Active volcanoes / Aktive vulkaner:
Ekarma, Kuriles, Kamchatka   kommer

Ekarma Island
Global Volcanism Program

The small 5 x 7.5 km island of Ekarma lies 8.5 km north of Shiashkotan Island along an E-W-trending volcanic chain
extending westward from the central part of the main Kuril Island arc. Ekarma is composed of two overlapping
basaltic-andesite to andesitic volcanoes, the western of which has been historically active. Lava flows radiate 3 km
in all directions from the summit of the younger cone to the sea, forming a lobate shoreline. A lava dome that was
emplaced during the first historical eruption, in 1776-79, forms the peaked, 1170-m-high summit of the island.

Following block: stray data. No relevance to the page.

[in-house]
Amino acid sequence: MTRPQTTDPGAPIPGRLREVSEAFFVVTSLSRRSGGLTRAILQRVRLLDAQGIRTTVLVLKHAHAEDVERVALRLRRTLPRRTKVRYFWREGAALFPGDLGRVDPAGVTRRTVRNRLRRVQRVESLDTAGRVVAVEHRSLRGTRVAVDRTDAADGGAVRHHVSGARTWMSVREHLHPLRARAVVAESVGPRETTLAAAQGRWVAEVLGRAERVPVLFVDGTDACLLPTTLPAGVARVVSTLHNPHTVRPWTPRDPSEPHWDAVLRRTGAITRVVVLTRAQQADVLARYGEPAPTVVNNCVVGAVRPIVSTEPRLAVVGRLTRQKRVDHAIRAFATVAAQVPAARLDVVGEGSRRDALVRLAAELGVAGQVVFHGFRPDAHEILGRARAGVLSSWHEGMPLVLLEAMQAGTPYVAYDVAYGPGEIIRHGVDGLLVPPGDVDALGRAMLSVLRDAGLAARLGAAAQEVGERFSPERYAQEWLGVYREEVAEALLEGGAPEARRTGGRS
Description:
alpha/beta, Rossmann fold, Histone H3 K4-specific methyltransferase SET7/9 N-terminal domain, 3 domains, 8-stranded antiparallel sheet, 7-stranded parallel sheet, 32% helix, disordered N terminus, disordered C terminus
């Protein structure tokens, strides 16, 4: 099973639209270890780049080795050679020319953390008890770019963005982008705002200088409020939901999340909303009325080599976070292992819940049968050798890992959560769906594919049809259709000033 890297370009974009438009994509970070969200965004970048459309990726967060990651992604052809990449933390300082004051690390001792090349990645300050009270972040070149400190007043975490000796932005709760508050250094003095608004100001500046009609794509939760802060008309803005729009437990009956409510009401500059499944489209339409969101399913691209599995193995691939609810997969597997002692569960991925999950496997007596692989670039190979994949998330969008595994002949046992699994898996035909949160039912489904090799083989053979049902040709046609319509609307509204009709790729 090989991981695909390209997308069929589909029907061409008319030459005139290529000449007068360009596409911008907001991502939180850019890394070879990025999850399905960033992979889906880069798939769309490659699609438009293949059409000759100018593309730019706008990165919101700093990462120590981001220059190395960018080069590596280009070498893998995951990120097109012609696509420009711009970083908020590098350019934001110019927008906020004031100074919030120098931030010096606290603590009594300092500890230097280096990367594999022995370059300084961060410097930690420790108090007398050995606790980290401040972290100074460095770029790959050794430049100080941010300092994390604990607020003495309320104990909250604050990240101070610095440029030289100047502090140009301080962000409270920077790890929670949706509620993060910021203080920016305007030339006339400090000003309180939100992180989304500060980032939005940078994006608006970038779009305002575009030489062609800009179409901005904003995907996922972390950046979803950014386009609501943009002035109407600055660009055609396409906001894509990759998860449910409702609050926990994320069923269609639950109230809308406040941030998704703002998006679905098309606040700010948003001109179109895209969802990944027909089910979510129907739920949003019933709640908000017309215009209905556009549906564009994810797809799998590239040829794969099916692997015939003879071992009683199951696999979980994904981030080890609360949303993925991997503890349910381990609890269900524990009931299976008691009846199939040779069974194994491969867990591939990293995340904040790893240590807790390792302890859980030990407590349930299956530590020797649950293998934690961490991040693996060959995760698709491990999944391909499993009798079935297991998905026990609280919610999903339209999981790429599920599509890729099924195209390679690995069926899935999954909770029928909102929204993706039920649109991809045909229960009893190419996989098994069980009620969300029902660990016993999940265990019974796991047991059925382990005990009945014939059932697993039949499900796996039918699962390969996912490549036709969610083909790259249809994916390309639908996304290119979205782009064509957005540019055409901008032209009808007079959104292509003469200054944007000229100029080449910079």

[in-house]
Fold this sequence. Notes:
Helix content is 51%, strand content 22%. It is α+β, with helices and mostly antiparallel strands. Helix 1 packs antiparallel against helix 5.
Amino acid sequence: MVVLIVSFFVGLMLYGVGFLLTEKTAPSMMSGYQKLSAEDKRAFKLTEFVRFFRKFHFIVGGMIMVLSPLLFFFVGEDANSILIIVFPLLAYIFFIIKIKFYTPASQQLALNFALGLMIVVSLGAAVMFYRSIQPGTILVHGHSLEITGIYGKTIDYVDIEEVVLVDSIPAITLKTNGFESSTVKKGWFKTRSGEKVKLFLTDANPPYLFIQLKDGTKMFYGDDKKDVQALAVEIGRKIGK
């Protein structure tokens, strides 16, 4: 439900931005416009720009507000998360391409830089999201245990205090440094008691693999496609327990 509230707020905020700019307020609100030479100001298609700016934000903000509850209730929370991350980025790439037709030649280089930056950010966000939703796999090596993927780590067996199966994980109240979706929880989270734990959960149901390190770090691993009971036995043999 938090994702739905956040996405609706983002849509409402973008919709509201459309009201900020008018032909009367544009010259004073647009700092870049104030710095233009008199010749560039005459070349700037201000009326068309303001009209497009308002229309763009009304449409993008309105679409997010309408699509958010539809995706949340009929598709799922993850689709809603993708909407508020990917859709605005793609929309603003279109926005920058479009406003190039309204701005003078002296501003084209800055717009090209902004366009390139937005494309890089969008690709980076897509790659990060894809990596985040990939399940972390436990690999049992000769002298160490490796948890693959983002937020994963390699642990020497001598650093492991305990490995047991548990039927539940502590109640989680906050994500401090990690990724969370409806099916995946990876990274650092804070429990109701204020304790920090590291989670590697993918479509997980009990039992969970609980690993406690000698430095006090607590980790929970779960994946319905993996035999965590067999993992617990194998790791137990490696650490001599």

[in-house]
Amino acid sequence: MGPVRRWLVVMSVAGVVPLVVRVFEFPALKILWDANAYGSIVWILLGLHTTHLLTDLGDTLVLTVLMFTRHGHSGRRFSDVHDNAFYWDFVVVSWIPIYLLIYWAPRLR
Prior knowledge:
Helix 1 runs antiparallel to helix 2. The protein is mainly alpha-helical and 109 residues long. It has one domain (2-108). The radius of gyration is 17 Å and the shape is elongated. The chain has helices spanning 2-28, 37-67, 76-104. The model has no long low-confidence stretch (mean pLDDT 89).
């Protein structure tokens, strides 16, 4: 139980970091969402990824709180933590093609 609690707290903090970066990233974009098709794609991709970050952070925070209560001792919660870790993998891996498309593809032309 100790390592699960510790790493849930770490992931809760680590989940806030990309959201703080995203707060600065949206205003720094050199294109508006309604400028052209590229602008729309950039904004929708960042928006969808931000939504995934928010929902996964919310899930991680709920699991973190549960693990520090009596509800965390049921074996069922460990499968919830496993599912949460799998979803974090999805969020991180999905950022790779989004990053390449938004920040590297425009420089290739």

The only other historical eruption produced minor explosions in 1980.
Ekarma Information from the Global Volcanism Program

Friday, September 3rd, 2010
On 10 August scientists observed a vigorous steam plume from Ekarma that rose to an altitude of 1.8 km (5,900 ft) a.s.l.
. On 24 August scientists visited Ekarma Island and observed continuous vigorous gas emissions from a new vent located
on the S flank, about 250 m below the summit. The flanks had been blanketed by a layer of fine ash with a thickness
exceeding 5 cm in the vicinity of the vent. Two recent lahar deposits were seen on the S flank.

Based on their observations, SVERT speculated that a small eruption may have occurred between early June and late
July 2010. Ekarma does not have a seismic network; satellite image analysis and infrequent ground observations
are the primary tool for monitoring many of the Kuril Islands volcanoes.
Source: Sakhalin Volcanic Eruption Response Team (SVERT)

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